Computers Electronics and Technology

Why search is no longer all about Google

Once upon a time, Google was the beginning and end of life online.

If you could not find what you wanted by typing a few words into that familiar search box and hitting return, then it may as well not exist.

Google was the web.

“For a long time search was all about the bag of words,” said Stephen Emmott, an expert in search engines at consultants Gartner.

Google prospered because it had a bigger bag of words than anyone else, and it was able to pluck what you wanted out of its bag quicker than anyone else.

It gave fast, accurate access to the website, blog or Wikipedia page people sought.

In those days searching, as a computer operation, was quite straightforward, said Mr Emmott.

The sheer size of the web meant there was, and still is, a lot of information to index but it tended to stay in the same place. Doing a good job involved analysing the words on the web pages and logging how many other sites saw that page as definitive.

Now, said Mr Emmott, searching has got a lot more complicated thanks to our increasingly complicated online and business lives.

Fast response

Instead of just looking up web pages, modern life can include finding a date or a soul mate, scoring a second-hand bargain in an auction, calling up instant taxi services or streaming more movies than you could watch in a lifetime of utter sloth.

“One way or another if you use applications throughout the day you will be touching a lot of different search engines and services,” he said.

These days, most of those searches will not involve Google technology. Google declined to comment.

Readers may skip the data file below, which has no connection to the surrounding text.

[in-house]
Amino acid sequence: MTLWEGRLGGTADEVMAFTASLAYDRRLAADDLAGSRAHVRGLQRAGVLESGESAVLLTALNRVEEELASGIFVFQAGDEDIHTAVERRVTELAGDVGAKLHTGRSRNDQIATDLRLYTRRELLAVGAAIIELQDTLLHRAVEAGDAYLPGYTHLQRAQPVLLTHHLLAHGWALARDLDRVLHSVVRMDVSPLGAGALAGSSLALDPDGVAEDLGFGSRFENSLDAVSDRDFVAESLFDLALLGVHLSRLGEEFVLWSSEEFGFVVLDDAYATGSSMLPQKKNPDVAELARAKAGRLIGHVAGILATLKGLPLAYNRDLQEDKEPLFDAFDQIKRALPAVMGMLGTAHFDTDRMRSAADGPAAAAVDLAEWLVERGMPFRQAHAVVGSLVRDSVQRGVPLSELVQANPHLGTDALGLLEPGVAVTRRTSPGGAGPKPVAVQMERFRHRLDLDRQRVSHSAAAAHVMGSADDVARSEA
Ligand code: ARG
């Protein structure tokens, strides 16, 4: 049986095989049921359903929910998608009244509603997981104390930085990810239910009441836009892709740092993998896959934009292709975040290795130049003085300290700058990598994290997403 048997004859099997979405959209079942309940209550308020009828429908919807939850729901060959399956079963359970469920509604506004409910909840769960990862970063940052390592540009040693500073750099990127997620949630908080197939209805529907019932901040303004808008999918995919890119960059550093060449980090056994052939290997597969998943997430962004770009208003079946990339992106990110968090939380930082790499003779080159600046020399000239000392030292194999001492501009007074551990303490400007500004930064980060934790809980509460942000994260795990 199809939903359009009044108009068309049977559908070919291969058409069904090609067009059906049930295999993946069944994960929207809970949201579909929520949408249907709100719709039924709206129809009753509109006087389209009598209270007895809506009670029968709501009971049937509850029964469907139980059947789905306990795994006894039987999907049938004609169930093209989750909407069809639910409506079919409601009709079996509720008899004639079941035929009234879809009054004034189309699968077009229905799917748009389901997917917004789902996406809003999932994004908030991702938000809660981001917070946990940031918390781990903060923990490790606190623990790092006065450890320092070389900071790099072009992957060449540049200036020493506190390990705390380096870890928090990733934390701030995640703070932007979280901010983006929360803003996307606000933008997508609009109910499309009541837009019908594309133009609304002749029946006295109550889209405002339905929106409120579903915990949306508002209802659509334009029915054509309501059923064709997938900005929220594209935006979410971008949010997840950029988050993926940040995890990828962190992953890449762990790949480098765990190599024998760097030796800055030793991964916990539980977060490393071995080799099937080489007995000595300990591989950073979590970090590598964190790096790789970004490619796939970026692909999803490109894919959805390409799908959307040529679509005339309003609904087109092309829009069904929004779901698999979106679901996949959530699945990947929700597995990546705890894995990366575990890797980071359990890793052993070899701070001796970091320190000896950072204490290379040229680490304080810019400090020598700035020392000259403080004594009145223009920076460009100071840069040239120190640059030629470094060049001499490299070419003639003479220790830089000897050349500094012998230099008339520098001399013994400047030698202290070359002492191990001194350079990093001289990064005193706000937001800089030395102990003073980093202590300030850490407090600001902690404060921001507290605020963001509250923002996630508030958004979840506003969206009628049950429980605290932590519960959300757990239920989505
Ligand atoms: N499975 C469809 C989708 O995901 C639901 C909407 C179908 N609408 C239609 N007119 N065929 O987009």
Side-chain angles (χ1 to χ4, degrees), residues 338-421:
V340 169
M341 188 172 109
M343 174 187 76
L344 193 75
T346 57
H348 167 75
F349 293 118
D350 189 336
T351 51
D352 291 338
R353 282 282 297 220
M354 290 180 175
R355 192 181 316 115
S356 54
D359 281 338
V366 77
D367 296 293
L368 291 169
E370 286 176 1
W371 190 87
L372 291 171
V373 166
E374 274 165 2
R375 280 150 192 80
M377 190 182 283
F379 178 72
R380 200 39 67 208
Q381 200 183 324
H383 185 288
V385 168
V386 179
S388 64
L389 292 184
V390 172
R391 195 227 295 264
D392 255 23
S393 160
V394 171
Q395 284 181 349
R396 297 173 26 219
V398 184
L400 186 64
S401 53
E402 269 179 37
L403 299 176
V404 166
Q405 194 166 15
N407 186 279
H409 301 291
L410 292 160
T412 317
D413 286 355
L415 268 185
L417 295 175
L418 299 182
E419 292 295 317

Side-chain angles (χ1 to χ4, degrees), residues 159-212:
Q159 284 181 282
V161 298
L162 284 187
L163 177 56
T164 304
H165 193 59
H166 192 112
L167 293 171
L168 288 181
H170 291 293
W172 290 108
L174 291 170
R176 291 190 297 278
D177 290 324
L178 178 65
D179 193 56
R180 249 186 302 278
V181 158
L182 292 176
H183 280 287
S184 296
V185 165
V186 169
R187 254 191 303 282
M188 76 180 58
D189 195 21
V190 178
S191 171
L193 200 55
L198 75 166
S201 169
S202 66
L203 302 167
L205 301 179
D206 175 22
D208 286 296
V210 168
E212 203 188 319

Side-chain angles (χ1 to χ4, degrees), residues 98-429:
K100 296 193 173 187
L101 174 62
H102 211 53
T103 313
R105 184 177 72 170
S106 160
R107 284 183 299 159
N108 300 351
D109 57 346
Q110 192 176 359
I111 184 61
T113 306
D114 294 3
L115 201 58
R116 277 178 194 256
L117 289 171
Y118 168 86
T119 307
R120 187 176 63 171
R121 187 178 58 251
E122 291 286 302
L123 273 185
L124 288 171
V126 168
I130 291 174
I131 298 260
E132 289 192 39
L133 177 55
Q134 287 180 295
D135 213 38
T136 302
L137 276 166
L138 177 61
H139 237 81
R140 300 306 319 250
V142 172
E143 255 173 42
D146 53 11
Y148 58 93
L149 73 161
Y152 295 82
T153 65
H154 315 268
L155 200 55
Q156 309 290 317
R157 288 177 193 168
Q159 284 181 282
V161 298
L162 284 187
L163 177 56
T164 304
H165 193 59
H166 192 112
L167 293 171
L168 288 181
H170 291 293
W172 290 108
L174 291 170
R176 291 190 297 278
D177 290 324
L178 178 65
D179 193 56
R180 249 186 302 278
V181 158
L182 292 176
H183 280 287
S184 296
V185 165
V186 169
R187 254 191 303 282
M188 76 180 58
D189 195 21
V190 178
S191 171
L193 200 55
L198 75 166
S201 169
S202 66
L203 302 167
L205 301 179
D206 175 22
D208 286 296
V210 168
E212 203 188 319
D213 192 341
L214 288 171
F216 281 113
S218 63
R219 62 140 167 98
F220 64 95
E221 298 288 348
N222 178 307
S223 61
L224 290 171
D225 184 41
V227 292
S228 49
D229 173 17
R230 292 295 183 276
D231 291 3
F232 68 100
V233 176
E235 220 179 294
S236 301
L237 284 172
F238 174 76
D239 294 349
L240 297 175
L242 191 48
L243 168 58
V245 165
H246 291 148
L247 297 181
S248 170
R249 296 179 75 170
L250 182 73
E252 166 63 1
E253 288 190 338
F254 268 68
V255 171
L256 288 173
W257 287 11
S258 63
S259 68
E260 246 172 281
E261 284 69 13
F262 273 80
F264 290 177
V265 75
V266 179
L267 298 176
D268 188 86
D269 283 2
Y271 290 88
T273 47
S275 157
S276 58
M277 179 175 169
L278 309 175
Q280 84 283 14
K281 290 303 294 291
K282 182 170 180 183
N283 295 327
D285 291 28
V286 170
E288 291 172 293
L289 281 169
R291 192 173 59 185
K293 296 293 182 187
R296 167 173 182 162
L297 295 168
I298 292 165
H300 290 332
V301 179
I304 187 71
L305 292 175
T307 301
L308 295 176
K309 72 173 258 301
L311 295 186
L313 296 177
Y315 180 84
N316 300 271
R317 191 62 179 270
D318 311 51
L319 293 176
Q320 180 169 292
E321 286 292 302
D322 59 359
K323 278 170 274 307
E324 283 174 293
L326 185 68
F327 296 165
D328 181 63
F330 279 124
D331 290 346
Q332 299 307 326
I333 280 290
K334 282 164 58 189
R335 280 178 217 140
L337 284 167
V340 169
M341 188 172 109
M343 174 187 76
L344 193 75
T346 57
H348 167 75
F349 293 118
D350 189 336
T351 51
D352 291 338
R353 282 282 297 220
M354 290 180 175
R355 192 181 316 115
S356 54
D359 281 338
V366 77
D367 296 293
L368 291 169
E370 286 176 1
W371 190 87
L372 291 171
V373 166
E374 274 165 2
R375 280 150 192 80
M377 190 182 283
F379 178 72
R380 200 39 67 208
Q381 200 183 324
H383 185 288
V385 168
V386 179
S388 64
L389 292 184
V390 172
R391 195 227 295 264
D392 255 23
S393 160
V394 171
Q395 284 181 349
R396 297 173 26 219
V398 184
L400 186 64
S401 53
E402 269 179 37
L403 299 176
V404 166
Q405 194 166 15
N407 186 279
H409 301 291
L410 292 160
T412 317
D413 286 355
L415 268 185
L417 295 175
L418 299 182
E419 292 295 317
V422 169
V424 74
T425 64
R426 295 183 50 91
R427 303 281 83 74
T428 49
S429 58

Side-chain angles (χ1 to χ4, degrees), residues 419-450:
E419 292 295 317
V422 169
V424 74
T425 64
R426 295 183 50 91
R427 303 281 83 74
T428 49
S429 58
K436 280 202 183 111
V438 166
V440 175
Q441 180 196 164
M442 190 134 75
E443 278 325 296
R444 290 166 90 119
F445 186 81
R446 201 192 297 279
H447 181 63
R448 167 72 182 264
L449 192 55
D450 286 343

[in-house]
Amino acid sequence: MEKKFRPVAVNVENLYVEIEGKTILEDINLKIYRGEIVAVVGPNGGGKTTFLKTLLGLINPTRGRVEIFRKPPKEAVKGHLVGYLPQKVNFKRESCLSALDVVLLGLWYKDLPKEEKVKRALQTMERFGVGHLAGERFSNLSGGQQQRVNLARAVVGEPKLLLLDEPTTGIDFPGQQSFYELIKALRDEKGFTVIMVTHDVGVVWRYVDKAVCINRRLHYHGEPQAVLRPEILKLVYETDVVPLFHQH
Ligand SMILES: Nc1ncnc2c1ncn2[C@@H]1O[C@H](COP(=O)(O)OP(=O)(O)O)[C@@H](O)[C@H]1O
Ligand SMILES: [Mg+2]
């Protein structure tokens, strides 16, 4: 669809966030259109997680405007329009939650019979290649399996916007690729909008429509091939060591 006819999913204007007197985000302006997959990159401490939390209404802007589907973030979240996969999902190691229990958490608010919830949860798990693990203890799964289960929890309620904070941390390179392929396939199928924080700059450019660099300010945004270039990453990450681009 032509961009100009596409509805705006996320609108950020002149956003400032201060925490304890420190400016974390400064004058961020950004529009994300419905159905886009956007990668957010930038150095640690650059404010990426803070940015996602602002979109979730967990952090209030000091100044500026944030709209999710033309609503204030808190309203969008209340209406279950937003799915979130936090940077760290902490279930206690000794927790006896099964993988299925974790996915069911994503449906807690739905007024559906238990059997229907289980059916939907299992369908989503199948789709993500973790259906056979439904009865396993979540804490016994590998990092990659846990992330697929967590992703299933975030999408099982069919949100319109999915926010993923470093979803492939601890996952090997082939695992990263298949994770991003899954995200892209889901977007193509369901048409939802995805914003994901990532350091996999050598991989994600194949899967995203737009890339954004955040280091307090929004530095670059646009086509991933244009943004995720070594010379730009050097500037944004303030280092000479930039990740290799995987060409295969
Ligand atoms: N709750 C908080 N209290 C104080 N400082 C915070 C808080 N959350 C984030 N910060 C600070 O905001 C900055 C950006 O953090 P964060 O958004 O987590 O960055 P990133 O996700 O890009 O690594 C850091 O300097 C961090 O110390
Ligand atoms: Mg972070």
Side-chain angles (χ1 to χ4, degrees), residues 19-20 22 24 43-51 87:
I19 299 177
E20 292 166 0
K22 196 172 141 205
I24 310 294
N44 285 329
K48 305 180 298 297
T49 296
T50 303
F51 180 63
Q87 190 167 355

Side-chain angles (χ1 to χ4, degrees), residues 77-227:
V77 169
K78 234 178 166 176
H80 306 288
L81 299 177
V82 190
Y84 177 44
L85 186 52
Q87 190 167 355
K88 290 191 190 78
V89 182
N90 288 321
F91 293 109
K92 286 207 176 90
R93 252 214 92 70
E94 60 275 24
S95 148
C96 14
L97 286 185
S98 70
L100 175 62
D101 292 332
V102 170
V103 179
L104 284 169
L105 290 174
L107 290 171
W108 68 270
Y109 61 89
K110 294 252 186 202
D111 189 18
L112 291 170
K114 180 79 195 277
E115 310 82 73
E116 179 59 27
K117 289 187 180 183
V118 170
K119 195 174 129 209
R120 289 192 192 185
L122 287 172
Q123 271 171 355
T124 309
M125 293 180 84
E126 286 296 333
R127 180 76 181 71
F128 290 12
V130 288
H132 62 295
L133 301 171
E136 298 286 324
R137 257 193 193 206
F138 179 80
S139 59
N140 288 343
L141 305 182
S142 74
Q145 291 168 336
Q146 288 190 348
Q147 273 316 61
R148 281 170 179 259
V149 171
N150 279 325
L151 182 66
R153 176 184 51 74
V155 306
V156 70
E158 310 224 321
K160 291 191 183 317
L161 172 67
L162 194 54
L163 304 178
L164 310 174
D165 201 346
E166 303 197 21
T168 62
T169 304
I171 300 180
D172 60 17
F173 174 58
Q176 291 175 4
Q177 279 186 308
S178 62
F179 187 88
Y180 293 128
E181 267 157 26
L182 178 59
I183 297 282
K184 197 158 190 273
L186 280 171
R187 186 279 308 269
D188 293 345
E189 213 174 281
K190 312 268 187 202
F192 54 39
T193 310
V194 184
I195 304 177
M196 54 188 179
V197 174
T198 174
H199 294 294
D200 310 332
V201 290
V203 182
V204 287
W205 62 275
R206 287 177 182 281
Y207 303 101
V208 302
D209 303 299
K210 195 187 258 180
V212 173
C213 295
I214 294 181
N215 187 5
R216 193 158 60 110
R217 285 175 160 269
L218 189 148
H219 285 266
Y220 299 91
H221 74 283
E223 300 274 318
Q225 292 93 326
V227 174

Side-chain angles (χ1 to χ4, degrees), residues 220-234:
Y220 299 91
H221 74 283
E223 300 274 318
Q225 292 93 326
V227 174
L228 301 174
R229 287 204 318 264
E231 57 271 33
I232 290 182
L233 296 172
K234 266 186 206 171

Instead, there are new pretenders to the search crown such as Elastic and Solr.

Searching in the old days was about typing text. No so today. Searching can involve swiping right, moving a map with your fingers or talking to an app, said Shay Banon, founder of Elastic, which makes the open source search technology used by the likes of Tinder, eBay, Uber, Lyft and Netflix.

Behind the search box, the mechanics of finding the right answer are very different, he said.

For instance, on Tinder when you swipe right on a profile, that is a search in that it involves matching data against a constantly shifting set of parameters. It’s just not a search as Google classically defined it.

Uber and Lyft also have to match against location as well as the preferences of both their drivers and riders. Similarly, Netflix and eBay do a lot of number crunching to answer queries and make suggestions for their massive user populations.

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